The government will be investing around GBP 2 million to roll out tablet computers across 42 sites in England which will be used by children with mental health problems to track their progress during therapy sessions, following research that this can improve recovery rates.
According to support minister Norman Lamb: “This technology helps children and young people see how their treatment is progressing. Where treatment is not going as well as it could, practitioners can then change their approach to get the best results.”
The devices will have the added advantage of being used by therapists to record sessions so that supervisors can view them later and offer feedback as well as cutting down time spent on administration and recording outcomes.
Familial adenomatous polyposis is an autosomal dominant disorder characterized by the formation of hundreds of colorectal adenomas and eventual colorectal cancer. Administration of the nonsteroidal antiinflammatory drug sulindac has been followed by regression of polyps in patients with this disorder, but no controlled trial of this drug in patients who have not had surgery has been reported.
While brown rice is a staple dietary constituent in Asia, rice consumed in the Western world is generally white, obtained from brown rice by removal of the bran. Rice bran contains the flavone tricin, which has been shown to inhibit colon cancer cell growth. We tested the hypothesis that tricin interferes with adenoma formation in the ApcMin mouse. Mice received tricin (0.2%) in their American Institute of Nutrition 93G diet throughout their postweaning life span (4–18 weeks). Consumption of tricin reduced numbers of intestinal adenomas by 33% (P < 0.05) compared with mice on control diet. We explored whether tricin may exert its effect via inhibition of cyclooxygenase (COX) enzymes. Its effect on COX activity was assessed in purified enzyme preparations in vitro and its ability to reduce prostaglandin E2 (PGE2) levels in human colon–derived human colon epithelial cell (HCEC) and HCA-7 cells in vitro and in ApcMin mice in vivo. Tricin inhibited activity of purified COX-1 and COX-2 enzyme preparations with IC50 values of ∼1 μmol/L. At 5 μmol/L, it reduced PGE2 production in HCEC or HCA-7 cells by 36% (P < 0.01) and 35% (P < 0.05), respectively. COX-2 expression was reduced by tricin weakly in HCEC and unaffected in HCA-7 cells. PGE2 levels in the small intestinal mucosa and blood of ApcMin mice that had received tricin were reduced by 34% (P < 0.01) and 40% (P < 0.05), respectively, compared with control mice. The results suggest that tricin should be further evaluated as a putative colorectal cancer chemopreventive agent.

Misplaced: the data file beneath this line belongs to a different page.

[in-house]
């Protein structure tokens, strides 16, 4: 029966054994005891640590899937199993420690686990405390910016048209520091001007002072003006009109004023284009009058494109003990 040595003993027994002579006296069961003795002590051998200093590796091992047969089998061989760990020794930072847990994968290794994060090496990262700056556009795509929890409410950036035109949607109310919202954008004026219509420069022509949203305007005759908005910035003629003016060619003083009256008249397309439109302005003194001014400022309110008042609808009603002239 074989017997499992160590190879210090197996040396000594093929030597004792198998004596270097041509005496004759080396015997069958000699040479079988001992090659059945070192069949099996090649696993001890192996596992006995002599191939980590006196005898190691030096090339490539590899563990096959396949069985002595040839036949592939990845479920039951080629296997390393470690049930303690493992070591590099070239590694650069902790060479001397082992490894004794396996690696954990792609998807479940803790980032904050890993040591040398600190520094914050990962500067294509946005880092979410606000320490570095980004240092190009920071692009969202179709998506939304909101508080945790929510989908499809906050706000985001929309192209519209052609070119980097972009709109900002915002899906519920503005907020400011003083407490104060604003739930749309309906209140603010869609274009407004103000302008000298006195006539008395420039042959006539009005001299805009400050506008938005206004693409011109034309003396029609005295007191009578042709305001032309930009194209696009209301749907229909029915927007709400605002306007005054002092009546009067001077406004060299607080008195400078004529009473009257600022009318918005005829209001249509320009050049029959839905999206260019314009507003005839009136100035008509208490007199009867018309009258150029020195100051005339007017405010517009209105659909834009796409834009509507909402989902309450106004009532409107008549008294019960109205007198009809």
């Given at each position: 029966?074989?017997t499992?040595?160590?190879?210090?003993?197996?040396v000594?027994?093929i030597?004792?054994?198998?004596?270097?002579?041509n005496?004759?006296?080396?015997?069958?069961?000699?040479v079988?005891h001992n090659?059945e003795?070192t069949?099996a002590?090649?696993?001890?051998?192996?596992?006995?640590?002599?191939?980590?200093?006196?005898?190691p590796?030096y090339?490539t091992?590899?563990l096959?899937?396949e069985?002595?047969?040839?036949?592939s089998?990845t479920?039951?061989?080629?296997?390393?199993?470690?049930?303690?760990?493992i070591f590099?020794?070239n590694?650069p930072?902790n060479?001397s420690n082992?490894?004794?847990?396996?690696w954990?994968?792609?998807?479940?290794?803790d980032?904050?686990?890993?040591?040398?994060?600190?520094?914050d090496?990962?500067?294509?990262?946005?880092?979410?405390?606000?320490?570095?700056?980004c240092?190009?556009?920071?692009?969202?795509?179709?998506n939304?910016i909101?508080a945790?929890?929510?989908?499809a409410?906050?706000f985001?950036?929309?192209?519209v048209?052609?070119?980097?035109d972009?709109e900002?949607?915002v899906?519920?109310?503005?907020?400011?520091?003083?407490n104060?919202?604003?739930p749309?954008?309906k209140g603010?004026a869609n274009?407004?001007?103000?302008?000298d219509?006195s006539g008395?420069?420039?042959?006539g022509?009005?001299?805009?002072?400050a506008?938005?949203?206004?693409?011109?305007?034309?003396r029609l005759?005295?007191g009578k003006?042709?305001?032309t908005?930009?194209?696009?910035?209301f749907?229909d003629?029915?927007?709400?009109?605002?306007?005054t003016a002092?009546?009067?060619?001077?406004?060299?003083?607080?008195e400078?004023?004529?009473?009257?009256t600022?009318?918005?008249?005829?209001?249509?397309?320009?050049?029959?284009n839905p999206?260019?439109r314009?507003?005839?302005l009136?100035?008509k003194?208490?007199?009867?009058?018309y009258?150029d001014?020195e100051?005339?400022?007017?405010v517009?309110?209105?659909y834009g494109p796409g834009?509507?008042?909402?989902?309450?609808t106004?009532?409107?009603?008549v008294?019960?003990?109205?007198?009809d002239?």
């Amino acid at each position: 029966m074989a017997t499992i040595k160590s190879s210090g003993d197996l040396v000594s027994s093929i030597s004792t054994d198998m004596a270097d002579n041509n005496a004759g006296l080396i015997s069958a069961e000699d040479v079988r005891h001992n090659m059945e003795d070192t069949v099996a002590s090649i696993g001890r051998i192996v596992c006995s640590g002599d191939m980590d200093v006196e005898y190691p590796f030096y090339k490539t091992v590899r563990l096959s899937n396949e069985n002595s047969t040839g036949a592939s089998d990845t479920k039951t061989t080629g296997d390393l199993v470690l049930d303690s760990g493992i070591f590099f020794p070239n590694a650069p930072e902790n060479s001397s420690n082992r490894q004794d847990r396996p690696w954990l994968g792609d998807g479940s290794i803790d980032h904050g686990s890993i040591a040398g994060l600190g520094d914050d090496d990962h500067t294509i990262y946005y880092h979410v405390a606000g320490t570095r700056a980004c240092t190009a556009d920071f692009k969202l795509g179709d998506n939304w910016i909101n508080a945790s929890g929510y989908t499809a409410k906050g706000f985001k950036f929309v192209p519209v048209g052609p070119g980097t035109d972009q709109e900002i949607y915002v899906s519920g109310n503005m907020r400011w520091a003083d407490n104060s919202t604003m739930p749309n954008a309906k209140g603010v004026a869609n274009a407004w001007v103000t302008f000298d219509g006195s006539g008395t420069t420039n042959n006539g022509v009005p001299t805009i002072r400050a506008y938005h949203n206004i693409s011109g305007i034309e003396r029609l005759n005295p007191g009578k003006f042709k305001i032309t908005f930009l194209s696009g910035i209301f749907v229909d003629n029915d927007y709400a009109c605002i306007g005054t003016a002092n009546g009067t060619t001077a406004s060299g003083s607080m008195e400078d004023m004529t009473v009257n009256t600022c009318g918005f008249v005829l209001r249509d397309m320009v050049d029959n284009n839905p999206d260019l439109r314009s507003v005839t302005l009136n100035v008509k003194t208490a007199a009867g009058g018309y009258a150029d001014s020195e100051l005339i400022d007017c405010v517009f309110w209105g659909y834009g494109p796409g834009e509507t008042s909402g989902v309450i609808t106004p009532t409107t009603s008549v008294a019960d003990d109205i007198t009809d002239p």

The importance of the prostaglandin (PG) synthesis pathway, particularly the rate-limiting enzymatic step catalyzed by cyclooxygenase, to colorectal carcinogenesis and development of novel anticolorectal cancer therapy is well established. The predominant PG species in benign and malignant colorectal tumors is PGE2. PGE2 acts via four EP receptors termed EP1 to EP4. Recently, EP receptors have been identified as potential targets for treatment and/or prevention of colorectal cancer. This review summarizes existing knowledge of the expression and function of the EP receptor subtypes in human and rodent intestine during tumorigenic progression and describes the current literature on targeting EP receptor signaling during intestinal tumorigenesis.
Sulindac, a non-steroidal anti-inflammatory prodrug, is metabolized into pharmacologically active sulfide and sulfone derivatives. Sulindac sulfide, but not sulindac sulfone, inhibits cyclooxygenase (COX) enzyme activities, yet both derivatives have growth inhibitory effects on colon cancer cells. Microarray analysis was used to detect COX-independent effects of sulindac on gene expression in human colorectal cells. Spermidine/sperm-ine N1-acetyltransferase (SSAT) gene, which encodes a polyamine catabolic enzyme, was induced by clinically relevant sulindac sulfone concentrations. Northern blots confirmed increased SSAT RNA levels in these colon cancer cells. Deletion analysis and mutational studies were done to map the sulindac sulfone-dependent response sequences in the SSAT 5′-flanking sequences. This led us to the identification of two peroxisome proliferator-activated receptor (PPAR) response elements (PPREs) in the SSAT gene. PPRE-2, at +48 bases relative to the transcription start site, is required for the induction of SSAT by sulindac sulfone and is specifically bound by PPARγ in the Caco-2 cells as shown by transfection and gel shift experiments. PPRE-1, at–323 bases relative to the start site, is not required for the induction of SSAT by sulindac sulfone but can be bound by both PPARδ and PPARγ. Sulindac sulfone reduced cellular polyamine contents in the absence but not in the presence of verapamil, an inhibitor of the export of monoacetyl diamines, inhibited cell proliferation and induced apoptosis. The induced apoptosis could be partially rescued by exogenous putrescine. These data suggest that apoptosis induced by sulindac sulfone is mediated, in part, by the COX-independent, PPAR-dependent transcriptional activation of SSAT, leading to reduced tissue polyamine contents in human colon cancer cells.